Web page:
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Cryptocurrency fundraising 'scam' frozen out by US

Startup PlexCorps is a fraud, the SEC says. It's trying to retrieve $15 million people invested in digital 'PlexCoins.' PlexCorps says it's legit.

The US government has cracked down on a company it says is running a "full-fledged cyber scam," bilking as much as $15 million out of investors excited by the possibilities of the financial and technological revolution known as cryptocurrency.

The US Securities and Exchange Commission filed a lawsuit Friday against a company called PlexCorps, its principal executive Dominic Lacroix and his partner, Sabrina Paradis-Royer to stop them from receiving money from a fund-raising process called an initial coin offering. Its case persuaded a court to freeze the PlexCorps assets as a result, the SEC said Monday.

PlexCorps didn't respond to a request for comment. On Facebook, though, PlexCorps said it's not a fraud and that it's cooperating with Canadian financial authorities and the SEC. 

PlexCorps promises an easy-to-use avenue for people to get involved in the complicated world of cryptocurrencies, but the SEC says its PlexCoin is a "scam."

PlexCorps promises an easy-to-use avenue for people to get involved in the complicated world of cryptocurrencies, but the SEC says its PlexCoin is a "scam."

Screenshot by Stephen Shankland/CNET

Over and over, new technology has enriched not just titans like Bill Gates and Jeff Bezos but also ordinary folks who bought in at the right time. Google stock today is worth 20 times the $50 per share it sold for in 2004. But just because new tech generates new wealth doesn't mean that every new idea means easy money.

PlexCorps and Lacroix had promised a 1,354 percent profit in just 29 days to those who participated in a process called an initial coin offering (ICO) -- a sale of the digital assets central to the cryptocurrency technology. But according to the lawsuit -- the first from the SEC's new Cyber Unit -- "PlexCorps and the PlexCoin Token are a scam."

Why? Among other things, the lawsuit said, "Lacroix was a known recidivist securities law violator in Canada; the proceeds from the PlexCoin ICO were not destined for business development but instead were intended to fund Lacroix and Paradis-Royer's expenses including home decor projects; and there was no reasonable basis to project returns on investment."

In its statement, PlexCorps denied wrongdoing: "We are being depicted as robbers, scammers and fraudsters everywhere in the media. They are smearing our name with some allegations that can sometimes be false or misleading ... All PlexCoin purchased were distributed and we are now listed on many cryptocurrency exchanges. We claim that PlexCoin is not a fraud since no one had their money stolen from us and ... all purchased PlexCoin were distributed."

PlexCorps didn't address specific SEC allegations, for example that it didn't really have a large team of experts or that the PlexCoin iCO was an "illegal offering of securities" lacking required paperwork called a registration statement. However, it promised a news release about the matter "in the next few days."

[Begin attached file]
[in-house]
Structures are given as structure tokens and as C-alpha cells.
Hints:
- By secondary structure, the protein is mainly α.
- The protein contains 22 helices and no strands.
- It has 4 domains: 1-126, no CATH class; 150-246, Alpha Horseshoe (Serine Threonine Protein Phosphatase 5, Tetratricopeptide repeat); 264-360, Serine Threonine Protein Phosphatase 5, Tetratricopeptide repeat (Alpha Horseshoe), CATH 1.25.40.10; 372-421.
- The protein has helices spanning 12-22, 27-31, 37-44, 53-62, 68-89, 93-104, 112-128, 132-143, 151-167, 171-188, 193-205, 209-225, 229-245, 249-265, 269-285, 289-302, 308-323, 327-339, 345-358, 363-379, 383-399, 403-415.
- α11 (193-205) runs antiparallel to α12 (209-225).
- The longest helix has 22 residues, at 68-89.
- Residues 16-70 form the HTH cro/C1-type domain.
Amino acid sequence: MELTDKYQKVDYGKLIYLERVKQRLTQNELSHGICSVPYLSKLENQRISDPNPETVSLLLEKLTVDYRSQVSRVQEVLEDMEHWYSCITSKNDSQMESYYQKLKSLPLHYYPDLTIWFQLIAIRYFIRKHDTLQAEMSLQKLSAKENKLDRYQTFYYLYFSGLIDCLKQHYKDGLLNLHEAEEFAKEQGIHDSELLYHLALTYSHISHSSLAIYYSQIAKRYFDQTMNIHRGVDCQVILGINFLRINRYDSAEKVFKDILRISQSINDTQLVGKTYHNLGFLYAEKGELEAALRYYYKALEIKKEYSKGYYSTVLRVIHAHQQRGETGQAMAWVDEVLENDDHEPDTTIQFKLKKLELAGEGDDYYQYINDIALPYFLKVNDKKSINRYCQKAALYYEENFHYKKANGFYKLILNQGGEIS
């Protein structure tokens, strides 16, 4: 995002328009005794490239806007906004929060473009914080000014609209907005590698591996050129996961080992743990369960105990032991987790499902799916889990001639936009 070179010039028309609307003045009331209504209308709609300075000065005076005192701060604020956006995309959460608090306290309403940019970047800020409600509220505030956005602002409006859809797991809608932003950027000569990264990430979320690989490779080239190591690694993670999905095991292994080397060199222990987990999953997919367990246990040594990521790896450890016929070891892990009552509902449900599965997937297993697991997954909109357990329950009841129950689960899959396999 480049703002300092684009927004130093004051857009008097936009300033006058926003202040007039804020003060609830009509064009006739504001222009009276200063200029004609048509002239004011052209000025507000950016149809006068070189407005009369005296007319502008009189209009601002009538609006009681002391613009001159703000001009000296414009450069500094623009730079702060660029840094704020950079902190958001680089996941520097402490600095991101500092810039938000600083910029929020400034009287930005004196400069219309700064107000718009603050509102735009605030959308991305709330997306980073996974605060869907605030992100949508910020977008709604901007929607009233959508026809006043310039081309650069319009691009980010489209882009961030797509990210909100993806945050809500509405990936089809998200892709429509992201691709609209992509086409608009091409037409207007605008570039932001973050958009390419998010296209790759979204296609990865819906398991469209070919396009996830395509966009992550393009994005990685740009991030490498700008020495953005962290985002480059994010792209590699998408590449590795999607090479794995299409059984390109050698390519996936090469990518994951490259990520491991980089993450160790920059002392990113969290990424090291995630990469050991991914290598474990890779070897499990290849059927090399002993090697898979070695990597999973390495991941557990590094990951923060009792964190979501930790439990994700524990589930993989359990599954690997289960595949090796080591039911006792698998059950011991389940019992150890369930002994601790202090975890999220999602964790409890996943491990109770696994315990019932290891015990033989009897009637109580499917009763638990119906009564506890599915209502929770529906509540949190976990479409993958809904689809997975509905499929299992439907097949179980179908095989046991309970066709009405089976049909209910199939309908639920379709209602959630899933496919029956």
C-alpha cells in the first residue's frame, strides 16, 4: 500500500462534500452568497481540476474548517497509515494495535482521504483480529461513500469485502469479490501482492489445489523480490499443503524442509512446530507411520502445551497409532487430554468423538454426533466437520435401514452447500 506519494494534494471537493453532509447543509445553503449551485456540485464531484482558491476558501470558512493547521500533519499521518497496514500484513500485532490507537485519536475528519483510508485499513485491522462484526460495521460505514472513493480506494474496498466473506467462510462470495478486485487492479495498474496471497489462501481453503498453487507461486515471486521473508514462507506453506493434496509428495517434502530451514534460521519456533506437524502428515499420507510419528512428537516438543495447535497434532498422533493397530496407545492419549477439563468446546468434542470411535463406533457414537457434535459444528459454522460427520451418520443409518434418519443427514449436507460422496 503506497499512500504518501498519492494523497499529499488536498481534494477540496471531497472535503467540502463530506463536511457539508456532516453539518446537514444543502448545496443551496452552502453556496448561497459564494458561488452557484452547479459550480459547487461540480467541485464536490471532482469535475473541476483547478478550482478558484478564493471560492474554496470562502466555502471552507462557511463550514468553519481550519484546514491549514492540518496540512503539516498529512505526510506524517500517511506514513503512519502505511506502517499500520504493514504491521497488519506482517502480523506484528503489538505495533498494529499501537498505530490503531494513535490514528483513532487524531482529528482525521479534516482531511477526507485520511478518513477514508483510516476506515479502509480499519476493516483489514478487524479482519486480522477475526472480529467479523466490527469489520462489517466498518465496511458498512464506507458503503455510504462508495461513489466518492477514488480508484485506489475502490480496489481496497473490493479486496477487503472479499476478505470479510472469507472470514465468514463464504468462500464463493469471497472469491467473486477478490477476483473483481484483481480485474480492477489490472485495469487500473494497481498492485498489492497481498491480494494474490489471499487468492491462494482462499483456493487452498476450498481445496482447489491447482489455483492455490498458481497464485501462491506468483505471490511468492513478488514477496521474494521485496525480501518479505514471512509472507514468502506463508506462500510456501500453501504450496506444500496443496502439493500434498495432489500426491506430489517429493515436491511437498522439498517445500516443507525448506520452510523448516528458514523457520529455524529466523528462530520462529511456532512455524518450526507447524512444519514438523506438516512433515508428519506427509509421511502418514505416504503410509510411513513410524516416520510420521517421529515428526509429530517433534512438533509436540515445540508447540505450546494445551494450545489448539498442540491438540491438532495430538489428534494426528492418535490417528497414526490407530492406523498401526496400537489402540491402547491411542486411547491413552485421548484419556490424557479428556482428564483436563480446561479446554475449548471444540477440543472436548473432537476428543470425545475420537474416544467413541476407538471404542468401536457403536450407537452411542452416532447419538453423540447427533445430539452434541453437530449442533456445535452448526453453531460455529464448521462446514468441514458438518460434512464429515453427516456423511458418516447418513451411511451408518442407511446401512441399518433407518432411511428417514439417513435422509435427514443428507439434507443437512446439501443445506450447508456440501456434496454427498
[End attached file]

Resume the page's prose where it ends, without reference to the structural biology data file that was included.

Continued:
Hundreds of companies are trying to cash in on cryptocurrencies -- no surprise given the real promise of the technology combined with the stunning rise in value of the best-known cryptocurrency, bitcoin. A newer alternative, Ethereum, promises even more sophisticated technology and has been surging in value as well.

The PlexCorps website shows various cryptocurrency-based services, but the US SEC says the company is a fraud.

Screenshot by Stephen Shankland/CNET

Cryptocurrencies often have a dual nature. They can serve as a currency, something that can be exchanged for goods and services. And they can be considered an investment, something that will appreciate in value. In the case of PlexCoin, PlexCorps was treating it as this latter category. As such, laws governing the sales of securities apply, the SEC said.

"We acted quickly to protect retail investors from this initial coin offering's false promises," Robert Cohen, chief of the SEC's Cyber Unit, said in a statement.

The SEC also warned in November that celebrities are potentially liable for any misconduct touting initial coin offerings. Boxer Floyd Mayweather and socialite Paris Hilton both promoted cryptocurrencies. "I'm gonna make a $hit t$n of money on August 26th," Mayweather said on his Instagram account in July.

The SEC's new lawsuit seeks to get PlexCorps, Lacroix and Paradis-Royer to "disgorge their ill-gotten gains" along with interest, bar them from ICOs and pay a fine.

The Quebec Autorité Des Marchés Financiers in Canada also cracked down on PlexCorps in July. The cases reveal just how important digital information has become. According to the SEC's lawsuit:

  • A person posting on the French site called CryptoFR traced posts from a user called PlexCoin to Lacroix by his computer's internet address;
  • Authorities cited text messages from Lacroix and Paradis-Royer to show their involvement;
  • After Paypal flagged purchases to buy PlexCoin as suspicious and reversed most of them, Lacroix and Paradis-Royer lied to Shopify to open a new payment processing system, saying they were selling online gaming content;
  • Using Microsoft's Skype messaging technology, Lacroix discussed the use of a third payment processor, Stripe.

The assets were frozen before Monday, the day when a 90-day Stripe administrative hold was set to expire and about $810,000 was to be transferred to the defendants, the lawsuit said.

First published Dec. 4, 6:16 p.m. PT.
Update, Dec. 5 at 10:01 a.m.: Adds PlexCorps comment from its Facebook statement.